“I had never in my wildest dream thought that instead of following a story, my story as a reporter in the magazine I work for, would be made such a spectacle and followed 24x7. There is so much uncertainty in the organization …. I hope it does not impact my career” – a journalist working at Tehelka.
While the outrage over the alleged sexual assault of a staff reporter by Tehelka founder Tarun Tejpal continues to make headlines, the mood inside the magazine newsroom is one of “uncertainty” about the future and “general disappointment” at the way the management has handled the incident.
The reactions have been swift. Two senior editors associated with Tehelka have resigned and there are murmurs that more would follow in the coming days.
“The way the issue was handled is very disappointing. What should have been a transparent and legal issue between an editor and a reporter has ended up causing serious damage to the organization and its credibility. In the circumstances, it did not feel right to continue with the magazine,” said Jay Mazoomdaar, who terminated his contract as a consulting editor with Tehelka on Friday.
Revati Laul, an assistant editor who also put in her papers said, “I wanted to quit the instant I came to know about the incident but waited to see how the company handled it. I was upset when the management decided that a public apology and Tarun’s stepping down would suffice and so decided there was no point of hanging on any further.”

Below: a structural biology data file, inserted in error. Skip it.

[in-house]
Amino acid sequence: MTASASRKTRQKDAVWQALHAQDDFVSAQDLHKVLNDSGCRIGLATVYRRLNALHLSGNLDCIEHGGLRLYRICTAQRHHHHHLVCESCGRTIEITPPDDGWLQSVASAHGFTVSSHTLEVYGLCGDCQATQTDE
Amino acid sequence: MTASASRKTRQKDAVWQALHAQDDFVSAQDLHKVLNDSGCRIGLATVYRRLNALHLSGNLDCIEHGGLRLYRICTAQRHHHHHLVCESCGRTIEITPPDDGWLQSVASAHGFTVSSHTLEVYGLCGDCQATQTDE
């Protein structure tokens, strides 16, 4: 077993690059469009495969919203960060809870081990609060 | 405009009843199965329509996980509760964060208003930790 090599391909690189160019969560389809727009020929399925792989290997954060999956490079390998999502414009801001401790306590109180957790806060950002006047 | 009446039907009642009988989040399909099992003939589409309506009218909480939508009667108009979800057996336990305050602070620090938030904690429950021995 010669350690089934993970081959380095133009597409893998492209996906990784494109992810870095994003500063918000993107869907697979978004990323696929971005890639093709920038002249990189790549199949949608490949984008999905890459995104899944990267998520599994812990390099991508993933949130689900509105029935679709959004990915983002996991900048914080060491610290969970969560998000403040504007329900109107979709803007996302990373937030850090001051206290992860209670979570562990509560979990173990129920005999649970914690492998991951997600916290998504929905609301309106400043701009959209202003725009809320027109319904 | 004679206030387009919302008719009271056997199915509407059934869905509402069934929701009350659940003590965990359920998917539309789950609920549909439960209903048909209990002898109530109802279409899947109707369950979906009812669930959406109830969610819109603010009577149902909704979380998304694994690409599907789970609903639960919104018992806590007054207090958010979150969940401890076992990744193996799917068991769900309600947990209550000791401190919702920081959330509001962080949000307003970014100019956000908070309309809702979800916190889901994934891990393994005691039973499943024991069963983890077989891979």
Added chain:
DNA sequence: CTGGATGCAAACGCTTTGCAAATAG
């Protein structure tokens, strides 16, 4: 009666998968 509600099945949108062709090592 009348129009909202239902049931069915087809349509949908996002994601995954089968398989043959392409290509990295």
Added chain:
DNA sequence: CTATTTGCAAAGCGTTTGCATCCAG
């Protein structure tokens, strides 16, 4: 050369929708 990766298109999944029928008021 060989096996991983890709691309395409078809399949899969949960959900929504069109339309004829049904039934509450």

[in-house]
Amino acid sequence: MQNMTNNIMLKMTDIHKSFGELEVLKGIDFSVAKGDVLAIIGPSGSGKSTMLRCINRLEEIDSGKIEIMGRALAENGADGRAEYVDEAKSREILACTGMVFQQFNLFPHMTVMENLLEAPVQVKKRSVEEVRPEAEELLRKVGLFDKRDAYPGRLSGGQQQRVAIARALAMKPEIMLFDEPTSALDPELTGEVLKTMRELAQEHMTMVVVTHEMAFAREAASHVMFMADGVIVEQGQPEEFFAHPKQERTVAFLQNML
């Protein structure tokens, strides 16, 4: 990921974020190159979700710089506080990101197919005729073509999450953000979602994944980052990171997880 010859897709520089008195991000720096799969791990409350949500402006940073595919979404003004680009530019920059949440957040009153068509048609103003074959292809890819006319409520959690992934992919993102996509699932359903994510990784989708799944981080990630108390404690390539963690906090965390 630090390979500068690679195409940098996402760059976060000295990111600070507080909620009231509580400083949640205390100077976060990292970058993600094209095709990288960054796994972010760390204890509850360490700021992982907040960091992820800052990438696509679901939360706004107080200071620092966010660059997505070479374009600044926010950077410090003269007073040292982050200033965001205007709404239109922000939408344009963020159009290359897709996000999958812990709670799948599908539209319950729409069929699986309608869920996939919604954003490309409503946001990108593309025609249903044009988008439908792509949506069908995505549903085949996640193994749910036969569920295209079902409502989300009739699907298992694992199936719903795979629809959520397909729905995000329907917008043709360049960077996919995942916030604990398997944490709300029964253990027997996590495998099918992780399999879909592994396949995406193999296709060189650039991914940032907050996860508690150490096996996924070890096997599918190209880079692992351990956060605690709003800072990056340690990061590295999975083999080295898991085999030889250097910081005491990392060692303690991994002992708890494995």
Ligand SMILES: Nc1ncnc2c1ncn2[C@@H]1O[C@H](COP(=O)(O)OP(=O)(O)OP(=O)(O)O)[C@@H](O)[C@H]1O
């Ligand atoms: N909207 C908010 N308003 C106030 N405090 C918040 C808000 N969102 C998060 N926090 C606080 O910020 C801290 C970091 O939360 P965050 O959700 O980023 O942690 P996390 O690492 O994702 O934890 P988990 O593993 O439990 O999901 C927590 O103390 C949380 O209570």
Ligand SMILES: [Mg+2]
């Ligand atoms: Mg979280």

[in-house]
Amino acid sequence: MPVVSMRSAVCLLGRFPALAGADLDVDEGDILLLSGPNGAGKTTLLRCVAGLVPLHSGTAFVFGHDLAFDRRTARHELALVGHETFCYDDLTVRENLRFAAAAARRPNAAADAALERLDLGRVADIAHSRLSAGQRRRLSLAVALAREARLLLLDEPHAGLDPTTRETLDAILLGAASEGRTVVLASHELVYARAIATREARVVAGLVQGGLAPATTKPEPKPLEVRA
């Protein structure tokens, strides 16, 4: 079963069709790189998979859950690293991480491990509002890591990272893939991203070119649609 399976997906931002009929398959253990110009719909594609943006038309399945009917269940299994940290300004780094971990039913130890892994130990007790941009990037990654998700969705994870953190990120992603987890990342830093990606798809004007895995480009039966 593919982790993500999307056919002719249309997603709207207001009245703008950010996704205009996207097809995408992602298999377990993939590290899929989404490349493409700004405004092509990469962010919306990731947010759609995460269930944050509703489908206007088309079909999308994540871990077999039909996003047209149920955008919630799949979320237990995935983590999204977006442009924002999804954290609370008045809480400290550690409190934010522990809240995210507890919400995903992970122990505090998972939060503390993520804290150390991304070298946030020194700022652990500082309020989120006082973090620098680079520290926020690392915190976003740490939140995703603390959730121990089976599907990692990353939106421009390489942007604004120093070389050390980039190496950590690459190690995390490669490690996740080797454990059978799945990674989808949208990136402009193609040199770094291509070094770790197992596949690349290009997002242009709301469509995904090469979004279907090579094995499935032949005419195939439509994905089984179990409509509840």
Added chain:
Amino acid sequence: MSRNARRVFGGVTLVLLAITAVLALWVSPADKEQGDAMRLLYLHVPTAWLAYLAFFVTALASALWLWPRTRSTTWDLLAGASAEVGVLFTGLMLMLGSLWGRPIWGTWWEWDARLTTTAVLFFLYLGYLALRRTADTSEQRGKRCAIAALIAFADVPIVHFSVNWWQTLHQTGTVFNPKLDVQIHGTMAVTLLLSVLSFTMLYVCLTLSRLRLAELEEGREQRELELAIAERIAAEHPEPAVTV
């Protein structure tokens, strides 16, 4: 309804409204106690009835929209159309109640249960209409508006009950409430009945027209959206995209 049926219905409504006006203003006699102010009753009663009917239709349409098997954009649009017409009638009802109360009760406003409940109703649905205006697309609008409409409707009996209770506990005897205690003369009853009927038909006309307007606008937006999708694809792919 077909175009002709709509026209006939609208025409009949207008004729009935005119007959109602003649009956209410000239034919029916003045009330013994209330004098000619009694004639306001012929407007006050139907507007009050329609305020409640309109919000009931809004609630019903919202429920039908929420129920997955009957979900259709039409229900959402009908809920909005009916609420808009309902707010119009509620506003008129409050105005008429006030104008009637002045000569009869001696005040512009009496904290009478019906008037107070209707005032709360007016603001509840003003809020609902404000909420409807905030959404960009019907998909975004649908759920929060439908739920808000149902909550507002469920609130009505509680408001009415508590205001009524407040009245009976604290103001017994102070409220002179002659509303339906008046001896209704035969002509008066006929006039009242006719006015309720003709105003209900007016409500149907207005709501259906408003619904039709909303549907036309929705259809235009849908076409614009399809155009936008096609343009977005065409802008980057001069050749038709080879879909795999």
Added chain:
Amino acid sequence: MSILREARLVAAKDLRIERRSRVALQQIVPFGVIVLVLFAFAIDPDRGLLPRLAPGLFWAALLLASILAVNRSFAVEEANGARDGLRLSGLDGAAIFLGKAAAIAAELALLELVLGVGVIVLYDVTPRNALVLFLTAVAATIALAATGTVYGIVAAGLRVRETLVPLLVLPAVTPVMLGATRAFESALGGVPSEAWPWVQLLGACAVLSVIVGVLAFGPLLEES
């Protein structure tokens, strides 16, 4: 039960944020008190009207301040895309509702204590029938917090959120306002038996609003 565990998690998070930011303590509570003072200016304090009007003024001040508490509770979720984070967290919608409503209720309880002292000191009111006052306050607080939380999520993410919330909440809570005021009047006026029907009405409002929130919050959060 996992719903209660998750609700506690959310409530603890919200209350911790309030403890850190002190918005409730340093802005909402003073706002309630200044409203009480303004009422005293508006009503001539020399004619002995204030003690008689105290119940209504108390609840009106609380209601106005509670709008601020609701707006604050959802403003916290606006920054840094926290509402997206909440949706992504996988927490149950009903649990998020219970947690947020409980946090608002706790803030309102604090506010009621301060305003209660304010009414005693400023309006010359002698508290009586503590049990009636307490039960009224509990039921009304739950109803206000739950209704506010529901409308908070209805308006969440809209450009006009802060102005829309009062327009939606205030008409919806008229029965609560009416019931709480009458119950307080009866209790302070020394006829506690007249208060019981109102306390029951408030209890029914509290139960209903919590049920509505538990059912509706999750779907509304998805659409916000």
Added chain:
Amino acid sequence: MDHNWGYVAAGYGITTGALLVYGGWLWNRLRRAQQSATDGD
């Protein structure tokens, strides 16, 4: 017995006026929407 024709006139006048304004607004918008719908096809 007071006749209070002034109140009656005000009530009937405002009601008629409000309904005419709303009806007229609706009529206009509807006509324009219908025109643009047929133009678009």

Though there were reports that the magazine’s literary editor Shougat Dasgupta and online editor Kunal Majumder have also stepped down but both of them denied having stepped down. Dasgupta told HT he will neither deny nor confirm the news.
Staffers, on condition of anonymity, admit that with the entire nation’s glare now focused on Tehelka, they have become jittery about the magazine and their own future. “We keep hearing news that the police will question the employees…there is so much uncertainty. Many of us are hurt at the way the issue has been dealt with but not all can afford to resign,” said a reporter.
Since Monday, with hordes of media channel flocking the Tehelka office in Greater Kailash Part II, work has come to a standstill. “There is no place for us to sit, leave alone focus on work. All kind of channel and newspaper have been thronging the office waiting to get our bytes,” said another staffer.
Kunal Majumder, online editor at Tehelka who also denied having resigned said, “Though there is a sense of uncertainty but I believe institutions are bigger than individuals and people should be sensible to distinguish between the two.”
Another reporter who did not want to be named added, “With Tarun gone and the managing editor busy handling the crisis there is no one in the top management who we can talk to find out what happens next.”
Journalists at Tehelka, however, said that the police are yet to get in touch with any of them to inquire about the incident.